Tata Sons Chairman Ratan Tata on Tuesday denied a report that Tata Motors had placed a bid for troubled Swedish auto firm Saab Automobile.
“We have not bid for Saab, but another Indian company, Mahindra, has,” Tata told reporters on the sidelines of the Geneva Motor Show here.
He said the focus for Tata Motors would be to build on the acquisition of British brands Jaguar Land Rover (JLR). In 2008, Tatas bought JLR from Ford for $2.3 billion. “I think we have our hands full with all acquisitions. We have two vibrant brands (Jaguar and Land Rover). Our focus is on to make them two most relevant and vibrant brands further,” he said.
When contacted, a spokesperson for Mahindra & Mahindra declined to comment. A report in the media had stated Tata Motors had made a $350-million bid for Saab.
Tata, however, did not rule out acquisition in the component space, mainly to enhance the company’s technological prowess. “We may acquire a technology firm or a component company for developing sourcing network, but we are not looking at acquiring a car company,” Tata said.
When asked about JLR outperforming Tata Motors in terms of profitability and whether it would continue to do so, he said it was a temporary phenomenon and the parent firm would bounce back. “There was a time when Tata Motors was supporting JLR fully, when markets in Europe and the US were very negative, but they have come up very well. They have come up at a time when the Indian market has slowed somewhat. It’s going to be a up and down situation as such,” he said.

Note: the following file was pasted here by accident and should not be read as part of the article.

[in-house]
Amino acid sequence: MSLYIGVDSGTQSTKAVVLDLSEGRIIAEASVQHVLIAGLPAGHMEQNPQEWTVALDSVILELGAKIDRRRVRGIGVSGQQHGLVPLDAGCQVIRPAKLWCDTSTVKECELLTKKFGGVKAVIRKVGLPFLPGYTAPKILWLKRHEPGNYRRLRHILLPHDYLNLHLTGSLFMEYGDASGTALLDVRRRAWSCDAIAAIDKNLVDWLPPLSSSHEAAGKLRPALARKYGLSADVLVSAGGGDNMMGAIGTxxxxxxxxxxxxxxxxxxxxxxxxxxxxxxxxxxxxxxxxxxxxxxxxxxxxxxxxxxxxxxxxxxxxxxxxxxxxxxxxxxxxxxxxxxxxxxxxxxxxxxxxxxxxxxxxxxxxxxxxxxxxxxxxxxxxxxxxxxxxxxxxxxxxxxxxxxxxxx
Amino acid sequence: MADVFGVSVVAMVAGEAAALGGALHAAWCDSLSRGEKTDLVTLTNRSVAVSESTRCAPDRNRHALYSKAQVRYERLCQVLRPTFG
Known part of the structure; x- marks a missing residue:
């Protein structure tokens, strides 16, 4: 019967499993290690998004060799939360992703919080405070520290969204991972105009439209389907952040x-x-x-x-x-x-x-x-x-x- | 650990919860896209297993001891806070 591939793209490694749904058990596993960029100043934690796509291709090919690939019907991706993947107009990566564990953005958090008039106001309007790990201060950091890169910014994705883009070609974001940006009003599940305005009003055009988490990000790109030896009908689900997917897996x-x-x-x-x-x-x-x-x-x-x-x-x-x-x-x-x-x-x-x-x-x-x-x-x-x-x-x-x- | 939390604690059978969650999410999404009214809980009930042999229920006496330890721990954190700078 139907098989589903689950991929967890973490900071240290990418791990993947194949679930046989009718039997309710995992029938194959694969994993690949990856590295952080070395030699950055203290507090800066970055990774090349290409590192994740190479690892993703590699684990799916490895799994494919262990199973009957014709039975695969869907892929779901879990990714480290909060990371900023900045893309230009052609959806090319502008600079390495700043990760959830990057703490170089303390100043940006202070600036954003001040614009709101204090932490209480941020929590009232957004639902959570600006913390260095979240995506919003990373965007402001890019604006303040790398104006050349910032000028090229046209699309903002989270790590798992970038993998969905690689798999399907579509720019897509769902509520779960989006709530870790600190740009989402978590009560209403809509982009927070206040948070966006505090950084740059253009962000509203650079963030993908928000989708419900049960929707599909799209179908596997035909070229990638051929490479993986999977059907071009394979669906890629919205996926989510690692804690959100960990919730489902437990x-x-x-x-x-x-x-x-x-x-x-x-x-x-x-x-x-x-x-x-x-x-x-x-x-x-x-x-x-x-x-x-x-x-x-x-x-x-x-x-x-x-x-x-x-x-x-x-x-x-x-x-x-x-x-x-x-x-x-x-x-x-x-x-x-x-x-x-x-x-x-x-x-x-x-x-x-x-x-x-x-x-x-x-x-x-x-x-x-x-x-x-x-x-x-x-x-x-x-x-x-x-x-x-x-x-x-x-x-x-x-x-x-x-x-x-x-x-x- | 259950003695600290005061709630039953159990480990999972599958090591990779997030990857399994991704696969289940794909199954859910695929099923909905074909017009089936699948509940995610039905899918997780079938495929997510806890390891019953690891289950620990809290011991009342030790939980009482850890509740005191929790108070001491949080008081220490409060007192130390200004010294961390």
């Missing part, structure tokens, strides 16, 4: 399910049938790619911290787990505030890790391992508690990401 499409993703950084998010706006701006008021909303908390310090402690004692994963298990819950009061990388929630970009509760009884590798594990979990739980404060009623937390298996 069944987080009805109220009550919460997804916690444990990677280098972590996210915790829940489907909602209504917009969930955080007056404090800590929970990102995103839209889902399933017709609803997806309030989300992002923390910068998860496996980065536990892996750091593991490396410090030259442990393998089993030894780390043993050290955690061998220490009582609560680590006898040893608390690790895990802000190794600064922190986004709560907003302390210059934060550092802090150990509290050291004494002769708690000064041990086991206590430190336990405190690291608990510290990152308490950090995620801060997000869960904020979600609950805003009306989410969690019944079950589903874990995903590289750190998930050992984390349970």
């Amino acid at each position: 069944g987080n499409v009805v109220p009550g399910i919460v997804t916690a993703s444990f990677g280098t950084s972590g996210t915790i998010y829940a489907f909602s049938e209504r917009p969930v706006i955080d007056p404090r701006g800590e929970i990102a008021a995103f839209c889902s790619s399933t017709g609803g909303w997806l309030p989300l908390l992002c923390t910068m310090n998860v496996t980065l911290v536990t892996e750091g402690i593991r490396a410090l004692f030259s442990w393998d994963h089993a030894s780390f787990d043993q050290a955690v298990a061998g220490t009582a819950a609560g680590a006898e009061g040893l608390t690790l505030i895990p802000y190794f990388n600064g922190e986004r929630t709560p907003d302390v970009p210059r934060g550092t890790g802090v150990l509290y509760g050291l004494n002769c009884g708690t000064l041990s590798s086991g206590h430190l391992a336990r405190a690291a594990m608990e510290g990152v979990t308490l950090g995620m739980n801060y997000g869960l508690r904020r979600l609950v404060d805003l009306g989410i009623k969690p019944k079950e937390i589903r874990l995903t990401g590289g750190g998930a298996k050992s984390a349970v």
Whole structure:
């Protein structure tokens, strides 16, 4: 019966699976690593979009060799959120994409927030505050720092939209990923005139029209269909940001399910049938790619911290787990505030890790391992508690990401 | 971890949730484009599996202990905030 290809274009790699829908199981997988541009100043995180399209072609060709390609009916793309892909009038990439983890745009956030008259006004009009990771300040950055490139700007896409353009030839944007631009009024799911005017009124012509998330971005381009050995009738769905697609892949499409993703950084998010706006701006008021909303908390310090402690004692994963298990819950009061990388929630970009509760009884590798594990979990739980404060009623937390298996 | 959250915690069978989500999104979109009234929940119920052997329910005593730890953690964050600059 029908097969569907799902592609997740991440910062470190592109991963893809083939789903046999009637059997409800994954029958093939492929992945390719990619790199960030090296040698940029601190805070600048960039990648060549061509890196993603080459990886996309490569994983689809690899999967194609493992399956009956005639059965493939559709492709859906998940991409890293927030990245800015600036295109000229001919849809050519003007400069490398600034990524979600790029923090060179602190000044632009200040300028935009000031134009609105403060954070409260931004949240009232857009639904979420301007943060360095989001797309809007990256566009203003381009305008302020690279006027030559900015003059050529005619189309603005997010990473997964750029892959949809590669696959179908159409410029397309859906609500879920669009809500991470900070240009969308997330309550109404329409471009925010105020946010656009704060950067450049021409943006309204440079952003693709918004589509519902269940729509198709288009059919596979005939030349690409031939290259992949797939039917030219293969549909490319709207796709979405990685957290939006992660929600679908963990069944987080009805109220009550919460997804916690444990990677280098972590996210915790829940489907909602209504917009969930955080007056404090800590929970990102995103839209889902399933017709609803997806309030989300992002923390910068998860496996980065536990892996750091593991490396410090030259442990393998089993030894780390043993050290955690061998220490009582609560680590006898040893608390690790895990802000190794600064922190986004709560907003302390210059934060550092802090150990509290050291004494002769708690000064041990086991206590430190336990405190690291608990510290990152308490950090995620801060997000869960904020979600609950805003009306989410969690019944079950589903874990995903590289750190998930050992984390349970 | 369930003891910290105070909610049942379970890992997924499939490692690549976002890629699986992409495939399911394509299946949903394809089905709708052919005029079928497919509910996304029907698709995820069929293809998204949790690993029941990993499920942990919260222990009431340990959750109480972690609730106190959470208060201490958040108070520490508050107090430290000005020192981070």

“If JLR expands, it will be more profitable. If Tatas expand, they will be more profitable. All I can say is that the hope for Tatas to be more profitable is certainly there and it is a temporary phenomenon that JLR is supporting Tata Motors,” he said.
He said he had set higher ambitions for the Nano car. The world’s cheapest car would be available in more variants, including diesel and electric. Tata, however, did not share details on timeline of the proposed launches.
Earlier this year, he had admitted Tata Motors had not been able to market the Nano well and would try to undo the perception that it was a poor man’s car, which had a starting price of Rs 1.40 lakh. “We will see a resurrection of this product as we move forward,” he had said. Tata Motors sells 9,000 Nano units a month, much below the production capacity. Launched in 2009, there were high expectations from it, since it was projected as Tata’s dream project. However, as the novelty value wore off, Nano hit several roadblocks and did not match Tata’s own expectations and he described it as an “opportunity wasted”.